If you have ever spent time outdoors on a warm, summer day, you have likely spotted an aerial acrobat darting across an open meadow or just above a body of water. Dragonfly or a damselfly? Can you tell the difference between these similar species?
Dragonflies and damselflies are a colorful group of insects that are classified as Odonata. More than 5,100 species have been described, with approximately 169 different types residing in Georgia. While at first glance, they appear to share some physical characteristics, there are four ways you can differentiate between them.
1. Dragonflies have larger eyes than damselflies that take up most of their head as they wrap around from the side to the front of their face. While the eyes of a damselfly are also large, there is a gap between them.
2. Damselflies are smaller than dragonflies, with bodies that range between 1 ½-inches to 2-inches, while dragonflies are longer than 2-inches. Dragonflies also have thicker, bulkier bodies, while damselflies are thin like a twig.
3. Both dragonflies and damselflies have two sets of wings, but their shape has some distinct differences. Dragonflies have hind wings that broaden at the base, where they attach to the body. In contrast, damselfly wings are more slender and taper, where they attach to the body.
4. Lastly, you can spot another difference when the insects are at rest. Dragonflies hold their wings out perpendicular to their bodies, like airplane wings. Accordingly, damselflies fold their wings together across the top of their bodies.
Additionally, many people do not know these insects spend about 90 to 95 percent of their lives underwater as aquatic nymphs (immature stage). It is a ferocious predator, feeding on other aquatic insects, crustaceans, worms, small fish, and tadpoles, molting 6 to 15 times before crawling out of the water and changing into an adult. As nymphs, they are also living indicators of water health; their absence is one of the first signs of declining water quality.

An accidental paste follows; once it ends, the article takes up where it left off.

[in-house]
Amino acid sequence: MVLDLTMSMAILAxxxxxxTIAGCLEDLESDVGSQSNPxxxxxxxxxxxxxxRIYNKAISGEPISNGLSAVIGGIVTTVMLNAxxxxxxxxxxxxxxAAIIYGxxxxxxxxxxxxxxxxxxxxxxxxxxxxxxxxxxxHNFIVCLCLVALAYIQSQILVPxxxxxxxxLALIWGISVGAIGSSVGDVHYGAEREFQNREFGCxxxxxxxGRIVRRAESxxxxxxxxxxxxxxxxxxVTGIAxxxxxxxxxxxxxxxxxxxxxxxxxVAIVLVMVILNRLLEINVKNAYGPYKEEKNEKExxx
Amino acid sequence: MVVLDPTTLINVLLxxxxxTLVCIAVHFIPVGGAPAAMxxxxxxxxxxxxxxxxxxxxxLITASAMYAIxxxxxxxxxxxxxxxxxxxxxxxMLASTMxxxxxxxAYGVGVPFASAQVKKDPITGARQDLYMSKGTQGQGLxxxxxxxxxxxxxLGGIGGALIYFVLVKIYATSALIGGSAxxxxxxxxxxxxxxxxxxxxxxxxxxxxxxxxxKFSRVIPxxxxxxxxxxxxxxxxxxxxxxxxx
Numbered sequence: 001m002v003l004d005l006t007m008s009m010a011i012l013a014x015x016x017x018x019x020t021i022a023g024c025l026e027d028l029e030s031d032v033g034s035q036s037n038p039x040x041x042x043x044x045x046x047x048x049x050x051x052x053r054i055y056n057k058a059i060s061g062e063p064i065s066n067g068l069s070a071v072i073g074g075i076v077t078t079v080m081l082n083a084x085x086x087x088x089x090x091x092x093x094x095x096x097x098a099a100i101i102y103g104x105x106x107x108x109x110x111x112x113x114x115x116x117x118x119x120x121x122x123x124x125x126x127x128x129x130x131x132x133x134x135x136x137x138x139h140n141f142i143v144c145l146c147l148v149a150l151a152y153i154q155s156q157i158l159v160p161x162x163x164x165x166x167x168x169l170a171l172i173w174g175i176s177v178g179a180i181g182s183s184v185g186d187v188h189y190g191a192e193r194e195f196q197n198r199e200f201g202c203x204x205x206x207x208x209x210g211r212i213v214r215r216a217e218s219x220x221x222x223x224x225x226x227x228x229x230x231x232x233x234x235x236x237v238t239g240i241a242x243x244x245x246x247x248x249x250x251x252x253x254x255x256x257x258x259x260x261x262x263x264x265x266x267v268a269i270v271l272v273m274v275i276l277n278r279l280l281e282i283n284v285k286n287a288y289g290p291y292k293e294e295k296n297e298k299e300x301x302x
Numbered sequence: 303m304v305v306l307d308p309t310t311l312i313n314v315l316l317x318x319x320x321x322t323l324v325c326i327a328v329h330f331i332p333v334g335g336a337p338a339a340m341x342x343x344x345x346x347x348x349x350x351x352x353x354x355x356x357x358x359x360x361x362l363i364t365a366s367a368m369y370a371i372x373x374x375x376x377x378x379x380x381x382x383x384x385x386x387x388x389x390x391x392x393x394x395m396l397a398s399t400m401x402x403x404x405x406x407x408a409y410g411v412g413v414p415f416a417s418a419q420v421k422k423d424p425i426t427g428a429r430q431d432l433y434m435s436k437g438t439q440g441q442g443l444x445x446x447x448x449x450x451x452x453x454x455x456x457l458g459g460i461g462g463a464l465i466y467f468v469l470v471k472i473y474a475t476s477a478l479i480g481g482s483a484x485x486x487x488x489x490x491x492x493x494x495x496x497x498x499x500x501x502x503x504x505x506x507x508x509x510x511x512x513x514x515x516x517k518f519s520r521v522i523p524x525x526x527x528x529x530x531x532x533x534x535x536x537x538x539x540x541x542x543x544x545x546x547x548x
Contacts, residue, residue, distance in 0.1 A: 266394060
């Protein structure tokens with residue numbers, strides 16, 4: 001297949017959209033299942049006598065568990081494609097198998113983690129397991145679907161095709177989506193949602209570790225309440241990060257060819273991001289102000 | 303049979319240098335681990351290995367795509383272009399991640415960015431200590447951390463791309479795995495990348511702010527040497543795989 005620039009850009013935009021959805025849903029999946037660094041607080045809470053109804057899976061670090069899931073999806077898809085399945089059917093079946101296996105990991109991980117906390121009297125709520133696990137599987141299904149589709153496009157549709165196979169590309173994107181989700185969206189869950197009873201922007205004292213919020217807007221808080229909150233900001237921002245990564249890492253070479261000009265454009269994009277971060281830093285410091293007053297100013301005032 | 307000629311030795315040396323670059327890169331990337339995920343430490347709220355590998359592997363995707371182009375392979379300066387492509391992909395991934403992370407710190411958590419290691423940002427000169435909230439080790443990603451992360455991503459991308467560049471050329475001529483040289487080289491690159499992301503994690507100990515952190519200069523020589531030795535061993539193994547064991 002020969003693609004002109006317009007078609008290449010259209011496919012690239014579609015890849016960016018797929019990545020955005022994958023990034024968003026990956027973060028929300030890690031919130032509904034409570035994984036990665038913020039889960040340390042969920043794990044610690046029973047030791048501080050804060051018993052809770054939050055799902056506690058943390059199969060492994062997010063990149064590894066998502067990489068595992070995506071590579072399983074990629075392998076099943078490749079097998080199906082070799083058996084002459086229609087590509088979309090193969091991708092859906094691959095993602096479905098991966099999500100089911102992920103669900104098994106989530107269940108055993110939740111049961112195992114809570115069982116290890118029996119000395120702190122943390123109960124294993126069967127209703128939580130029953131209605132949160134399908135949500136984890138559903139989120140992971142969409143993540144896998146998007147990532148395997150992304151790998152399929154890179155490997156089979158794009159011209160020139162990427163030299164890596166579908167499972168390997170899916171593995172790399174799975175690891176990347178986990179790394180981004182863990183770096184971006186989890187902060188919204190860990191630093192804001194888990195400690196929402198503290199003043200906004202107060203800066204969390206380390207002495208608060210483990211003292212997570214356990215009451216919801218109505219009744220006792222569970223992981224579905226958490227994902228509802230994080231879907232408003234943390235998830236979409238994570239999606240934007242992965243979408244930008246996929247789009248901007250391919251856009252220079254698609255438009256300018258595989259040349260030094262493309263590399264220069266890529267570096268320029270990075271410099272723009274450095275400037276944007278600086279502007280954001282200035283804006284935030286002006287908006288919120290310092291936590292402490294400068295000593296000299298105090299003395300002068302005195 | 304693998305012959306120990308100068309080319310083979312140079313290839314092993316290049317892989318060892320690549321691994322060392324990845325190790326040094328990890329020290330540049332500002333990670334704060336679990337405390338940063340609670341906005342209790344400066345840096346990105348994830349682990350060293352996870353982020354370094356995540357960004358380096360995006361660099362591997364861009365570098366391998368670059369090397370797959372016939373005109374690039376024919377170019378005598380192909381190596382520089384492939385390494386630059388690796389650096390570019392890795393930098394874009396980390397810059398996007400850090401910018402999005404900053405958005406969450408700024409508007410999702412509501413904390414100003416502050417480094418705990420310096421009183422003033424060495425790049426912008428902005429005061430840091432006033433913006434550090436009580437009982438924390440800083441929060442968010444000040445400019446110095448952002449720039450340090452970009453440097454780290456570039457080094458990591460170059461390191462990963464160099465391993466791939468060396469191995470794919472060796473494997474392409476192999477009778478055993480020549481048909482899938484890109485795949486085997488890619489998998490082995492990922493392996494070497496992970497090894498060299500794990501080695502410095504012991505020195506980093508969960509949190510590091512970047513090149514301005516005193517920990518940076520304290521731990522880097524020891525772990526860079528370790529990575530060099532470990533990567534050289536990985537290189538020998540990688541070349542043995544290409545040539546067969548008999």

During the adult stage, dragonflies and damselflies are a real asset to gardeners too. They have a voracious appetite for mosquitoes and other insect pests, eating many dozens a day. Additionally, some cities have found that using dragonflies to control mosquito populations is cheaper and safer than spraying harmful pesticides. Using natural methods for pest control is called biological control. When it works, it is a win-win situation for people and the environment.
Unfortunately, with the degradation and destruction of its habitat, many species are now considered threatened. Therefore, there are tasks we can do to ensure Odonata survival, which includes creating small ponds in our backyards and school grounds. It will not be long before dragonflies and damselflies start to colonize them since many species readily discover new habitats. Also, landowners are urged to preserve their hedgerows where the adult insects shelter in inclement weather.
Lastly, while many people are familiar with butterfly migration to warmer regions for the winter, many may not know that several dragonfly species are also southbound during this time. Dragonfly migration is one of the fascinating events in the insect world, but also one of the least known. In Georgia, migrating dragonflies include the common green darner (Anax junius), wandering glider (Pantala flavescens), spot-winged glider (Pantala hymenaea), and black saddlebags (Tramea lacerata), according to naturalist Giff Beaton in his book, Dragonflies and Damselflies of Georgia and the Southeast.
Although this event has been documented since the 1880s, North American dragonfly migration is still poorly understood. Much remains to be learned about migratory cues, flight pathways, and the southern limits of overwintering grounds. Therefore, scientists are undertaking studies to try to understand them, which includes public participation in a citizen science project to help gather much- needed data for the Migratory Dragonfly Partnership.
For more information, visit www.migratorydragonflypartnership.org, which includes identifying, photographing, and submitting data to help scientists better understand the migration of these beneficial aviators.